On the positive side, horses are proving invaluable in helping to provide rehabilitation to convicts, those in the juvenile justice system, those with physical and emotional impairments and those with chemical dependencies, just to name a few. If these programs are working – and working well – shouldn’t they be replicated over and over again, in each state and hamlet?

We have perhaps millions of acres of national parklands that could be used for unwanted horses. We wouldn’t have to worry about them procreating – all the males would be gelded.

To be sure, there would be some costs: fencing, food when necessary, a few thousand people to help run and administer the program – but don’t forget, horse lovers and those that work with horses don’t do it for the money – they do it for love. Trust me, they’ll work cheap. And hard.

There are master-planned communities sprouting up all over the country. Wouldn’t an equestrian program be an outstanding amenity in many of them? Golf, swimming, community centers and horses.

There an undoubtedly dozens of other, probably better, ideas out there. They should all be explored.

But by whom?

Governmental organizations? I think not. Our equine friends don’t have the benefit of the time it would take for this august conglomerate to decide their fates. Nor would we want our friends to be at the mercy of whatever political party sits atop the charts at any particular moment in time. Budgets come and go with the wind.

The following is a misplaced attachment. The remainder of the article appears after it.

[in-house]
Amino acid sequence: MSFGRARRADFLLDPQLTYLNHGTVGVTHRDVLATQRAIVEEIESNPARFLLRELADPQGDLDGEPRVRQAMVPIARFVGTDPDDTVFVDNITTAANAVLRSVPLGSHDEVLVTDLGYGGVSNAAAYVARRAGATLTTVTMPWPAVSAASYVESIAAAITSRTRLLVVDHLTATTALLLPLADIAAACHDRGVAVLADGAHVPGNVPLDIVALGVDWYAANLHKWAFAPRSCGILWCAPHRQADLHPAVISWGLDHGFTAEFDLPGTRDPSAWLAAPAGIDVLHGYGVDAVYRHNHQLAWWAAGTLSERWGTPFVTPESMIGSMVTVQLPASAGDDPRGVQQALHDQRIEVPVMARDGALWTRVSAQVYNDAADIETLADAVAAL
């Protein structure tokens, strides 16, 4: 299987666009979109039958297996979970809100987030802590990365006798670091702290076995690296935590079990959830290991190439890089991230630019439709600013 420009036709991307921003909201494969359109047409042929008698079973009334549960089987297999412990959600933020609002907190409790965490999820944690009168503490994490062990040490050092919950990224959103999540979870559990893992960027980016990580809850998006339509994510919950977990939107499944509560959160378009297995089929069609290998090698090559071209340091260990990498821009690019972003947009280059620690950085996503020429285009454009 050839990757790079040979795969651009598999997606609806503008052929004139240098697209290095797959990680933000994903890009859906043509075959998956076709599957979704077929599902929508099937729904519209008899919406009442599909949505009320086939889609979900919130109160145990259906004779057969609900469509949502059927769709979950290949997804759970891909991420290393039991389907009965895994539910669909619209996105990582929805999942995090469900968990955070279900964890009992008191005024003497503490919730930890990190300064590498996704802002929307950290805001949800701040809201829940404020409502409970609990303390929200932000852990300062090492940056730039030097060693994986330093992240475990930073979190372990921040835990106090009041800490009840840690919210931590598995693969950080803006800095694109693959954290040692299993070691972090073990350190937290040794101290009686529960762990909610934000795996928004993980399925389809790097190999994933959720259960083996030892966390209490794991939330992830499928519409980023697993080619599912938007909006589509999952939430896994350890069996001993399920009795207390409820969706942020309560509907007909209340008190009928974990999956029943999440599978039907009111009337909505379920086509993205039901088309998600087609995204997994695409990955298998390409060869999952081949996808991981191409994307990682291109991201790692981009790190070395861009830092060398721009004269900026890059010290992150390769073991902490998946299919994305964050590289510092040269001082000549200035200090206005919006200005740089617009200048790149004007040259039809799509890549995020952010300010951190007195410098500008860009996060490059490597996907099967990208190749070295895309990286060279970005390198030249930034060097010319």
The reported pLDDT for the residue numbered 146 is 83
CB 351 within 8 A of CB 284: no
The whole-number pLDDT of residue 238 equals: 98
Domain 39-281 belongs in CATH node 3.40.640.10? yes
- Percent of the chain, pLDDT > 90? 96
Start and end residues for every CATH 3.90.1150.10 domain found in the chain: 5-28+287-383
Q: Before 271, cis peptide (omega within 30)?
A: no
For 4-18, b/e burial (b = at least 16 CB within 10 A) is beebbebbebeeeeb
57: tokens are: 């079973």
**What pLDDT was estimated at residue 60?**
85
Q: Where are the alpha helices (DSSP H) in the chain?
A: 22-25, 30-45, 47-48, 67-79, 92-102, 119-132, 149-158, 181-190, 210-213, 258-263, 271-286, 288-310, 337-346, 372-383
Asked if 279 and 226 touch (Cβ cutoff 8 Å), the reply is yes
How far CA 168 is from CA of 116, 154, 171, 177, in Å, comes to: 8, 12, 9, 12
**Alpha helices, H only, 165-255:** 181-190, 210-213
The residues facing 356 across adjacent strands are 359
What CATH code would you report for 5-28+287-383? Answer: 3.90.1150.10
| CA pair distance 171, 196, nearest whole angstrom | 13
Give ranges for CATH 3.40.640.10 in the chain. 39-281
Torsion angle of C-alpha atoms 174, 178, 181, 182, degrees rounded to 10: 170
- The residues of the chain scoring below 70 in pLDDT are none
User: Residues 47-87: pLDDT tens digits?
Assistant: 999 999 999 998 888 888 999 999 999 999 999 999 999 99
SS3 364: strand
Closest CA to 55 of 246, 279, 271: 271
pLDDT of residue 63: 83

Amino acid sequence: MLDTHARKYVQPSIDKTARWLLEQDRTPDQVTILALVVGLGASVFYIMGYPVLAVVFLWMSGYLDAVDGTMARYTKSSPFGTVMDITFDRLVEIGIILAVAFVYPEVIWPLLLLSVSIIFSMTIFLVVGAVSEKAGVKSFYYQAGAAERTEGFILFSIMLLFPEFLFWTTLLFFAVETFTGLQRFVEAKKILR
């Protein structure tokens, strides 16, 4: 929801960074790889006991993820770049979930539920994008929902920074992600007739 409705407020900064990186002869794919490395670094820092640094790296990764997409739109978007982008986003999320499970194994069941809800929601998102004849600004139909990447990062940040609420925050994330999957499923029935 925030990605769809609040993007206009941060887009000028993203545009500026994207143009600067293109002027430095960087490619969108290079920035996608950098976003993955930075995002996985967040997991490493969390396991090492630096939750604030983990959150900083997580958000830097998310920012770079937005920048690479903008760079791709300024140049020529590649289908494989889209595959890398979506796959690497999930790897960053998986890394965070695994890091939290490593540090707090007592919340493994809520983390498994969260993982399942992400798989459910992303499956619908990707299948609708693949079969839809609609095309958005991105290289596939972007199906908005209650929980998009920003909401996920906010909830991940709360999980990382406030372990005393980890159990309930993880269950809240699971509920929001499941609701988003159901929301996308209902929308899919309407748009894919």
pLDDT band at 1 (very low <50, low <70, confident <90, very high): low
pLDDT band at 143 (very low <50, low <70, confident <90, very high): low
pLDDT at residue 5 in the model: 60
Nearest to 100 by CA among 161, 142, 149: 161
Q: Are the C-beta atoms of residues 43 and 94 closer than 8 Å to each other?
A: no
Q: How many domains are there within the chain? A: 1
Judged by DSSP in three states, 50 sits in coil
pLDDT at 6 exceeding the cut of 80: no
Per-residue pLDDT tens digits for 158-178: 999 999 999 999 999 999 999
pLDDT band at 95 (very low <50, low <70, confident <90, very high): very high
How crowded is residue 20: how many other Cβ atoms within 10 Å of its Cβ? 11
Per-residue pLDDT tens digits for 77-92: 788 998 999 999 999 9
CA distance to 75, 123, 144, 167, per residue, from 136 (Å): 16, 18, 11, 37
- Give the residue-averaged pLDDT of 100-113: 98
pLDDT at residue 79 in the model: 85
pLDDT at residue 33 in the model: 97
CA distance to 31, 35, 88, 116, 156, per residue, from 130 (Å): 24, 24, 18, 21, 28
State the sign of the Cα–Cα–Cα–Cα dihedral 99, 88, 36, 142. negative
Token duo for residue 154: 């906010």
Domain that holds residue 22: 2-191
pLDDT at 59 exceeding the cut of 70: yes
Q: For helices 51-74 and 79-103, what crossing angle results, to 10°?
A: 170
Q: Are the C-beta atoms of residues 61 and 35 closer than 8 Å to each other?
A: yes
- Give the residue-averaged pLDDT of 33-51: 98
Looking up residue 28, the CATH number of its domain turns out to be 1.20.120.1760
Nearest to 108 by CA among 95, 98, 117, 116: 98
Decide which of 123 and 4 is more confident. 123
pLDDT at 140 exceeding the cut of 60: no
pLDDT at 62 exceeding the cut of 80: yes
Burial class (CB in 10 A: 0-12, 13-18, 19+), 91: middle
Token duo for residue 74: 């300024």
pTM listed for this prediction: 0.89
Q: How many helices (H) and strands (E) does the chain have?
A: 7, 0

The equine community? Of course.

The racing community is greatly responsible for generating a surplus of horses. There are good people in this community and there are bad. The good ones need to help. There are numerous terrific rescue operations and sources of funding. This group of organizations needs to work as a team.

Every breed of horse has its own national, regional and local association or associations. Perfect, if only they’ll get on board.

There are also myriad other groups: hunters/jumpers, dressage, endurance, polo, horsemanship – the list goes on. These groups, shows and competitions can be important players, too.

The challenge, as I see it, is developing a national “meeting place” of sorts – a single focal point where problems, ideas, commentary and solutions can be accessed by all interested parties. A place where interested groups can see opportunities to help and can somewhat easily be of immediate service. A place where a rancher with several hundred or thousand acres of unspoiled pastureland can say, “Hey, I can help.” And be compensated for his generosity. A place where an owner of a small string of racehorses can turn when his five-thousand-dollar claimer breaks down and can no longer race. A place where the leaders of a children-in-jeopardy program can turn for assistance in obtaining some new four-legged counselors.

What I’m proposing is no simple task. As Tom Petty writes, “there ain’t no easy way out”. This is hard, grinding work full of stops and starts and frustrations and long hours and roadblocks and paths to nowhere.

But I’m talking about saving the lives of hundreds of thousands of robust, friendly, unassuming, trusting, honest spirits. And if you’ve ever had the privilege of watching a doomed, scared horse blossom happily in his or her new life, there simply ain’t no mountain too high.

We need to get to work. Now.